Week Three Column from the President

Welcome to the third week of our 144th Assembly. I, for one, enter this week completely energized after an incredible voyage with our friends and colleagues from National Geographic and the unbelievable explosion of patriotism that can only be found at a Chautauqua Fourth of July celebration.

Each week at Chautauqua brings new faces (at least to me!) to our shores and this grove. If this is your first week at Chautauqua — or your first visit! — I relish the chance to greet you as the 18th president of this sacred place.

For decades, Chautauqua Institution has brought people of all faiths and none together for civil, enlightening dialogue. In Week Three, we dive even deeper into questions of identity, religion and community. Pew Research Center reports that religions are undergoing dramatic change: a decline in mainstream Christianity and practicing Judaism, demographic shifts pointing toward a growing Muslim population, and more young people than ever who best identify as “seekers,” “spiritual” or of no defined faith journey at all. While this seismic shift might be unsettling to some, or even be seen as a massive cultural turn for the worst, we will use this week to look to the possibilities.

In true Chautauqua fashion, we will probe deeply the relevant questions in this week that serves as a question in and of itself: are we, as a nation and society, experiencing a Crisis of Faith? What impacts do shifting religious norms mean for other aspects of public life? How are churches reinventing themselves as moral centers of the communities they serve? I invite you, as we begin this week, to imagine the future of faith and of religion and to ask where these changing dynamics might take us.

This week is also a particularly important one to me as a new president. I’m committed to strengthening the role of faith and religion in our dialogue here at Chautauqua. We have been extremely blessed by the strong and principled leadership of the Rev. Robert M. Franklin Jr. As we announced over the off-season, this will be Robert’s last season at the helm of the Department of Religion, and I am so grateful to him for much of the vision behind this week. We will also have a chance to informally welcome Bishop Gene Robinson, who will assume the post of Vice President of Religion in September. Bishop Gene will be “shadowing” Robert this week. I hope you’ll take the chance when you see them to both celebrate Robert’s incredible contributions, which continue throughout this summer (he’s not getting away that easily!), and to offer a warm welcome to Bishop Gene as he begins to learn the ropes of a Chautauqua season.

As always at Chautauqua, our life is full of so many opportunities to explore the best in human values. In addition to our deep look at faith this week, I hope you will delight in our bountiful arts offerings, take advantage of the many avenues for recreation, or will find time to read a book, take a class or just enjoy being a part of this dynamic community.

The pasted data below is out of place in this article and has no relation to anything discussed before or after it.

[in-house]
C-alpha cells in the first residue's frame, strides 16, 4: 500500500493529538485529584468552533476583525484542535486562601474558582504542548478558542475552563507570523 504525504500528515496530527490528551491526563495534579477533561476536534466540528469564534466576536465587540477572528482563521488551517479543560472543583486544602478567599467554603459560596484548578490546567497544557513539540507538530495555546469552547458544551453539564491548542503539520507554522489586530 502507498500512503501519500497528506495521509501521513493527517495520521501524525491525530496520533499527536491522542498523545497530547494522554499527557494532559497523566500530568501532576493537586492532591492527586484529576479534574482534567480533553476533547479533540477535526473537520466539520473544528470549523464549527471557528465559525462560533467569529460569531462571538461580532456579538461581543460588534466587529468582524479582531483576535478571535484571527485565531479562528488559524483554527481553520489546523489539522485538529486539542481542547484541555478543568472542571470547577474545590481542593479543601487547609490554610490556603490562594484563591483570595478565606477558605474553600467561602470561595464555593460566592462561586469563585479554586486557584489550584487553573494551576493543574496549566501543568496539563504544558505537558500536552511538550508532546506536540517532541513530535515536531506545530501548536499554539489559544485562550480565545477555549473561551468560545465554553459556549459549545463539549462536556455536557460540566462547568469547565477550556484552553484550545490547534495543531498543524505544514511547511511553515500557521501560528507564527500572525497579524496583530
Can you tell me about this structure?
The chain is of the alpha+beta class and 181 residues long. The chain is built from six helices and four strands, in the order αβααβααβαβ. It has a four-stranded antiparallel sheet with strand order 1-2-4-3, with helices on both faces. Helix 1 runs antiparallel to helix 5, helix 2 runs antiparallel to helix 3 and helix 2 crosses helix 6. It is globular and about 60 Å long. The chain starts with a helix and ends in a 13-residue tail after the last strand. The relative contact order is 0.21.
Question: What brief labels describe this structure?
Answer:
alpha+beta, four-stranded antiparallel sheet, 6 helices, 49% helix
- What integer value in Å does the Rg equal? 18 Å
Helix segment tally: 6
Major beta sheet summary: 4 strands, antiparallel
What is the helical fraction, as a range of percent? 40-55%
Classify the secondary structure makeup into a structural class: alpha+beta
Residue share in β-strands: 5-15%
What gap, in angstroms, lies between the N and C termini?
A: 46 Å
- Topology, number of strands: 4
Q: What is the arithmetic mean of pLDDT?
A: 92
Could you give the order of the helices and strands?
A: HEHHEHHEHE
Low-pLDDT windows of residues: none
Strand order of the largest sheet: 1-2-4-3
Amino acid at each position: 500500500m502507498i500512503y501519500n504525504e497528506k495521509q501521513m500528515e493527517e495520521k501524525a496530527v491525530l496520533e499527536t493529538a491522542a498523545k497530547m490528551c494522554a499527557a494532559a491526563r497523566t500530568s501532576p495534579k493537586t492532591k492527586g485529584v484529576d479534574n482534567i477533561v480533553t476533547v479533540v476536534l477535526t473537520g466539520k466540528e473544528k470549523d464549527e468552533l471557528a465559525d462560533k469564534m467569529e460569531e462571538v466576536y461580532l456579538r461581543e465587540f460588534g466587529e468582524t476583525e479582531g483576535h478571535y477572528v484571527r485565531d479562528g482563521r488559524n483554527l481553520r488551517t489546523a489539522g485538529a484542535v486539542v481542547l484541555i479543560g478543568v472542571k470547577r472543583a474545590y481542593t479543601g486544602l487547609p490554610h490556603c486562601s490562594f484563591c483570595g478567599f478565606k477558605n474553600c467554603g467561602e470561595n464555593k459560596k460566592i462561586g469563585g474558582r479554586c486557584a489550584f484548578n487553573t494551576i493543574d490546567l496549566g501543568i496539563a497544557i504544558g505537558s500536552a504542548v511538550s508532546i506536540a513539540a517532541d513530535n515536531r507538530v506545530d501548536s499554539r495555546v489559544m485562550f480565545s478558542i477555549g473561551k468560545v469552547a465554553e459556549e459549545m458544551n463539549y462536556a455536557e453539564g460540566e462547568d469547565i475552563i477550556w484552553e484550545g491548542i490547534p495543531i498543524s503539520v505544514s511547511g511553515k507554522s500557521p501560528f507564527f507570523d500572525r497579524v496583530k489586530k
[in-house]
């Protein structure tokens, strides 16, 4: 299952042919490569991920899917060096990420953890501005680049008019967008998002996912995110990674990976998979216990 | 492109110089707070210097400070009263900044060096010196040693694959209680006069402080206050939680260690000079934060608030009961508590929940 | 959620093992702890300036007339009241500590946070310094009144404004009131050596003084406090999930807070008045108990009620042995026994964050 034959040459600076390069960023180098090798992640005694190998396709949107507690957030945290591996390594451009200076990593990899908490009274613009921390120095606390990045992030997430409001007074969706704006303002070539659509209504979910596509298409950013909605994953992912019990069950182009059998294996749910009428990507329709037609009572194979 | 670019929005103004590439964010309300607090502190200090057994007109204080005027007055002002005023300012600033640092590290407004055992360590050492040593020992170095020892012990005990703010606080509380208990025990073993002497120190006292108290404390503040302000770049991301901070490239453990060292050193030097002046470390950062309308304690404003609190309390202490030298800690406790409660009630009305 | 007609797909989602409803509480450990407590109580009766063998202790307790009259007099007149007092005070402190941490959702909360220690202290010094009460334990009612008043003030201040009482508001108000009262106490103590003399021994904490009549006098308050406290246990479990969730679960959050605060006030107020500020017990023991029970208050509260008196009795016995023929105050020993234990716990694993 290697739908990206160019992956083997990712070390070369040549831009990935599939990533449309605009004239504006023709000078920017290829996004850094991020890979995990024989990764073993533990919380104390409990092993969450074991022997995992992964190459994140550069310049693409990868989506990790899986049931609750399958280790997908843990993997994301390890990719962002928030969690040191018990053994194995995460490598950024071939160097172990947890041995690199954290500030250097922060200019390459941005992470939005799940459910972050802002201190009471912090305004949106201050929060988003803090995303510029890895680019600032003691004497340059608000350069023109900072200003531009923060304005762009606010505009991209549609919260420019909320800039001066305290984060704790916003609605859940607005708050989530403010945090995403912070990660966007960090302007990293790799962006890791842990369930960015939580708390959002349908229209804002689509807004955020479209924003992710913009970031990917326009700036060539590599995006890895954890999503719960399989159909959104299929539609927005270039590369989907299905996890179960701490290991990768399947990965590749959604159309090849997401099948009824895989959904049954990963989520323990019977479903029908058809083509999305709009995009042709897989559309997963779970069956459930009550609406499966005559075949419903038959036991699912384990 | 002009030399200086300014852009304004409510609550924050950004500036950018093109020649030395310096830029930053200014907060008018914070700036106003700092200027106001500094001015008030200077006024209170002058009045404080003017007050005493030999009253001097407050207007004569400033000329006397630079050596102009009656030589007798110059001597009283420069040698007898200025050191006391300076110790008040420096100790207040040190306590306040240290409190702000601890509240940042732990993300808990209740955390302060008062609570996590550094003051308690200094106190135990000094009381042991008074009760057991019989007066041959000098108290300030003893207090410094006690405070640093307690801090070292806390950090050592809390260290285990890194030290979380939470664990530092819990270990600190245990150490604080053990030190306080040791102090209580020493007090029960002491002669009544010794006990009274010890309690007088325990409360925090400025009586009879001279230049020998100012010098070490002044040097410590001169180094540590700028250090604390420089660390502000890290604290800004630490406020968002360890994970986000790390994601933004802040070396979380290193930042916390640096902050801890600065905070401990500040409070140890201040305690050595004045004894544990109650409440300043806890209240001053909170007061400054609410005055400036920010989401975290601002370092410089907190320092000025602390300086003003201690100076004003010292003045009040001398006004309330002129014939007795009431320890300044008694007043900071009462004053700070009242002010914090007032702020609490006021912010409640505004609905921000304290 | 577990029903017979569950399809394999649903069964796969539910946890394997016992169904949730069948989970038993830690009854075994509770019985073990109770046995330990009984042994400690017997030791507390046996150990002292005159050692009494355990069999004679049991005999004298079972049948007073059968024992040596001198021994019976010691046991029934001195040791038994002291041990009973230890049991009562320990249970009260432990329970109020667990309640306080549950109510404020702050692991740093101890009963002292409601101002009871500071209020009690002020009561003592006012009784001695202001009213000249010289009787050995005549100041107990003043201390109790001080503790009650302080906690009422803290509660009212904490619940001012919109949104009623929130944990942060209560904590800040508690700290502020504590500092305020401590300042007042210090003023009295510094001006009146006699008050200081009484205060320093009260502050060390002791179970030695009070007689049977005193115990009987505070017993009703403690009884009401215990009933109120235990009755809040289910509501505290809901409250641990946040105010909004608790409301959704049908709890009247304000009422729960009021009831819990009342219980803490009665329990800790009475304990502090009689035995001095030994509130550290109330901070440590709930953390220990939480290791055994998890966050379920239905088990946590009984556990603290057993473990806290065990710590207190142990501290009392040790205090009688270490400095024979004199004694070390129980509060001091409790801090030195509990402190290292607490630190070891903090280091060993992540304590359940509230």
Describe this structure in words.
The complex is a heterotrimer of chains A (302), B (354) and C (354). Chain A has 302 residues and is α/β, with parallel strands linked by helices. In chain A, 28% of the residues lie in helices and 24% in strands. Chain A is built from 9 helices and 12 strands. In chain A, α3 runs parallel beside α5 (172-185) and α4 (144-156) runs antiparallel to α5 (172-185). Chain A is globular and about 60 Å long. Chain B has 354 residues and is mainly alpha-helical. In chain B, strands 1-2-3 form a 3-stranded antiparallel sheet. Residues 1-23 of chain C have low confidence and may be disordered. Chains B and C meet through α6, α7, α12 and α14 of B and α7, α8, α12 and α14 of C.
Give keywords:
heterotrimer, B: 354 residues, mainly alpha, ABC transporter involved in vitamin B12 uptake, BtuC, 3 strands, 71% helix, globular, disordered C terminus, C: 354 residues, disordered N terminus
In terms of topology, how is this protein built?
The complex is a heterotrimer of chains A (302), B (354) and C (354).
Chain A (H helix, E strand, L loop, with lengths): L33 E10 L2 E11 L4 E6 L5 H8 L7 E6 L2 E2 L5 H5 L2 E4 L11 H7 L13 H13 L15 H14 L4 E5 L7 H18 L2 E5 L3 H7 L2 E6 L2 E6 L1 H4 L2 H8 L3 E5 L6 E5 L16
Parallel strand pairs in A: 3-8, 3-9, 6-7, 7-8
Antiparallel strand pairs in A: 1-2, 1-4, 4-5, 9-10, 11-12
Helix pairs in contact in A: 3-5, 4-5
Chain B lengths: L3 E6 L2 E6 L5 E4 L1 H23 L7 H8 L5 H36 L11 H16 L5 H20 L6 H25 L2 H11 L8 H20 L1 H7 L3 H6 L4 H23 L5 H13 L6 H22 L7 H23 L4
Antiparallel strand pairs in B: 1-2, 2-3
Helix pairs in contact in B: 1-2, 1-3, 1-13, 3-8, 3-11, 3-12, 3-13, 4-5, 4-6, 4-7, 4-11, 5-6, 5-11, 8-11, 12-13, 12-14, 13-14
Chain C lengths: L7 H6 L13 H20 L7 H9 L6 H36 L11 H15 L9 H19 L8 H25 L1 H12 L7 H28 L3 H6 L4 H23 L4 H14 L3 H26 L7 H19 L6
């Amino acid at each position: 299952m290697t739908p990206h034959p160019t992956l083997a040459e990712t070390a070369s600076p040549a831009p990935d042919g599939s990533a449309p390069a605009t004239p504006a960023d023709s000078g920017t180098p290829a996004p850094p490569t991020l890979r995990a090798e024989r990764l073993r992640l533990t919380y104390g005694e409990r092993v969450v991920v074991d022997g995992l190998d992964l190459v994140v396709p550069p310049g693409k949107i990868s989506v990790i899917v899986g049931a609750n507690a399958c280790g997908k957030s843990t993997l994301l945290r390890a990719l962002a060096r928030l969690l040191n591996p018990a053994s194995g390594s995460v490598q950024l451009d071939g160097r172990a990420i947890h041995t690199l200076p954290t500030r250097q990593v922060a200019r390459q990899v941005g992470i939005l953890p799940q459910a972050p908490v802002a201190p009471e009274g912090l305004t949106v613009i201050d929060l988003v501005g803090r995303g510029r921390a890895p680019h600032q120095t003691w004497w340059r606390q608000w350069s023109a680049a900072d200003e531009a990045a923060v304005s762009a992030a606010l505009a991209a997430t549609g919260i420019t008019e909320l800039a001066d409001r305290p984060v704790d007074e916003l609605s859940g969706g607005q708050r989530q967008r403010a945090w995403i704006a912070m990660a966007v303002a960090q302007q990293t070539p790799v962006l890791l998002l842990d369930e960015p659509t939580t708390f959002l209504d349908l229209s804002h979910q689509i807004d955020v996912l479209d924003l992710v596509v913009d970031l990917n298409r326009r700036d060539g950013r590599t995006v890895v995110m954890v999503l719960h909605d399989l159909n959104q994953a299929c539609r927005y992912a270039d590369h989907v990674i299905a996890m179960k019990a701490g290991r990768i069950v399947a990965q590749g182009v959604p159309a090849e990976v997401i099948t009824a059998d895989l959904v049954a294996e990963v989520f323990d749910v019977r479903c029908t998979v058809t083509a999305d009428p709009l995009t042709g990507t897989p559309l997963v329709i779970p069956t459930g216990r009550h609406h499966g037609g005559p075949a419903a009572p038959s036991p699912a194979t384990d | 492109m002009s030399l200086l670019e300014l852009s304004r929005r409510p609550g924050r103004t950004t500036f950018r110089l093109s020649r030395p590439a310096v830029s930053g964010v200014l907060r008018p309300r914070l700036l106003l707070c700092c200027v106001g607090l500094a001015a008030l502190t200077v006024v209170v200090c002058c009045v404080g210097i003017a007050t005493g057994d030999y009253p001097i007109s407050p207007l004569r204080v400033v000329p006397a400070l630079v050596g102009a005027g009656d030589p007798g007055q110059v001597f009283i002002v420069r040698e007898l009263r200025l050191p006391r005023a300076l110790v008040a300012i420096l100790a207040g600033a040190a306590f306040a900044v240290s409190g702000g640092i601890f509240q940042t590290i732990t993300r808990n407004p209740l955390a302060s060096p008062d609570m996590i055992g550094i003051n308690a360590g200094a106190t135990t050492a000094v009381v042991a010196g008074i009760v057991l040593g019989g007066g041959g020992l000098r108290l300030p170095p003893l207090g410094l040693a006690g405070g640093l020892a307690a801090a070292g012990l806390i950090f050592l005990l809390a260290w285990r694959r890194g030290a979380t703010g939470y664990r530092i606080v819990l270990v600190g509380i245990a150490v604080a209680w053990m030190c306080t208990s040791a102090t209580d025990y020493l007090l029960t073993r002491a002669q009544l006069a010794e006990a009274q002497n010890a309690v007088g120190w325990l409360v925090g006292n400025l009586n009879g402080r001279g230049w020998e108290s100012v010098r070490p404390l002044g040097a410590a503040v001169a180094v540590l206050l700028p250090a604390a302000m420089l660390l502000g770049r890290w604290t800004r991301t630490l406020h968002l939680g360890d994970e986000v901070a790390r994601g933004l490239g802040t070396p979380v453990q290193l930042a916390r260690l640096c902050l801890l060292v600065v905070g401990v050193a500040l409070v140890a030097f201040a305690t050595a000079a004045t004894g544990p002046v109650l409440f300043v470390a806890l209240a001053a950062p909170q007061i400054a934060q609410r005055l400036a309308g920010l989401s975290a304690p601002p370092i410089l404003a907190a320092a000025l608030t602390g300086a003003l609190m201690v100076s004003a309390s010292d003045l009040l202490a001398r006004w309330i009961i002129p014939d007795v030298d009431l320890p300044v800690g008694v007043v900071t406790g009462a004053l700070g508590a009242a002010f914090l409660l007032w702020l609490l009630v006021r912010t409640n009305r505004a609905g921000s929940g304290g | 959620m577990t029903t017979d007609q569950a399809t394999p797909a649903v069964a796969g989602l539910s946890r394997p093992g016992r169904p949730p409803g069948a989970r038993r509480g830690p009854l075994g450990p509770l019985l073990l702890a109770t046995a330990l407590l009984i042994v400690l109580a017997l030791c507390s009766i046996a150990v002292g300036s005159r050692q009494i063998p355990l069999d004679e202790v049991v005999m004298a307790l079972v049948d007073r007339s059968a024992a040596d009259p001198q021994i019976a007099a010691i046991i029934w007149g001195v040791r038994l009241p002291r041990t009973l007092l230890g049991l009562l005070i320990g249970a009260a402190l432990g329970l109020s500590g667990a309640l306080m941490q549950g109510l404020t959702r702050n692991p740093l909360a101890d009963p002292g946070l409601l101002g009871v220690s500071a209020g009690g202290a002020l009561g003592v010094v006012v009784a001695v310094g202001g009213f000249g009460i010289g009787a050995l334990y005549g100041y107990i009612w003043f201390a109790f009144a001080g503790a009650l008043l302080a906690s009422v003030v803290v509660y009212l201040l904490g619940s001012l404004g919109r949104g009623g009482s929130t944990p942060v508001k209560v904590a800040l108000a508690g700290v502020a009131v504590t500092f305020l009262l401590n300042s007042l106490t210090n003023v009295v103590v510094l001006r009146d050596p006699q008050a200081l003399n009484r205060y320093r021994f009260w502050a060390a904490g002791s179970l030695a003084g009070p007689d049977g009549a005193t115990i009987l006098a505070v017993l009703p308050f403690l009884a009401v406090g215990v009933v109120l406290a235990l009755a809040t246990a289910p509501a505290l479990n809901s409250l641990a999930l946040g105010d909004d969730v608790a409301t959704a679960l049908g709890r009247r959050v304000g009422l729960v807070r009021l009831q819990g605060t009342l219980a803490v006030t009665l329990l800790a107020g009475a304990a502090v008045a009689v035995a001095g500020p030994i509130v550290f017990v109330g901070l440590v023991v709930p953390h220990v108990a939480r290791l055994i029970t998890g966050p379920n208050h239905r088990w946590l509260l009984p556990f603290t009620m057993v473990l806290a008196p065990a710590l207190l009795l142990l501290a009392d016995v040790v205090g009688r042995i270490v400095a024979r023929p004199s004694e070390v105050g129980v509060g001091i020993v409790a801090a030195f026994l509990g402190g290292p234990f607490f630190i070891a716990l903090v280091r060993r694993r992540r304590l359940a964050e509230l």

For those experiencing our new Amphitheater for the first time, I hope you enjoy the beautiful duality between how much it looks like its predecessor while also providing safer access, more space and better amenities for artists and speakers, and for you, our beloved Chautauquans. We continue to fine-tune the space to allow us to more fully realize its potential, and we’re grateful to all who have enjoyed it as audience members and presenters alike for their patience and feedback.

I recognize that not all Chautauquans can be with us every week of the season. For those who missed the opening “Three Taps of the Gavel,” I asked if we could commit to a new muscular civic dialogue this season and beyond. If you missed that talk, you can find it at I hope you’ll take a chance to relive what was one of the most special moments of my life. And just as that celebration was an honor bound tradition at Chautauqua, its message called us to be more than, better than, to mirror and model and practice what we most hope to see in society. Those opening words also reminded us that we need to find ways to graciously invite viewpoints at the polar opposites of our own with the patience and fortitude needed to truly understand.

Thanks to all who have been challenged by this pledge and have asked for some help. We’re working on some sessions where we might impart tips on active listening and engagement, the hallmarks of a muscular civic dialogue. I hope to have something to share in the coming days, and I look forward to joining each of you in this intellectual workout!

Each week at Chautauqua unfolds like a wonderful new mystery. In the coming days as we explore how faith influences our lives, I want to thank each of you for the faith you’ve shown in me during my inaugural season.

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The author Michael E. Hill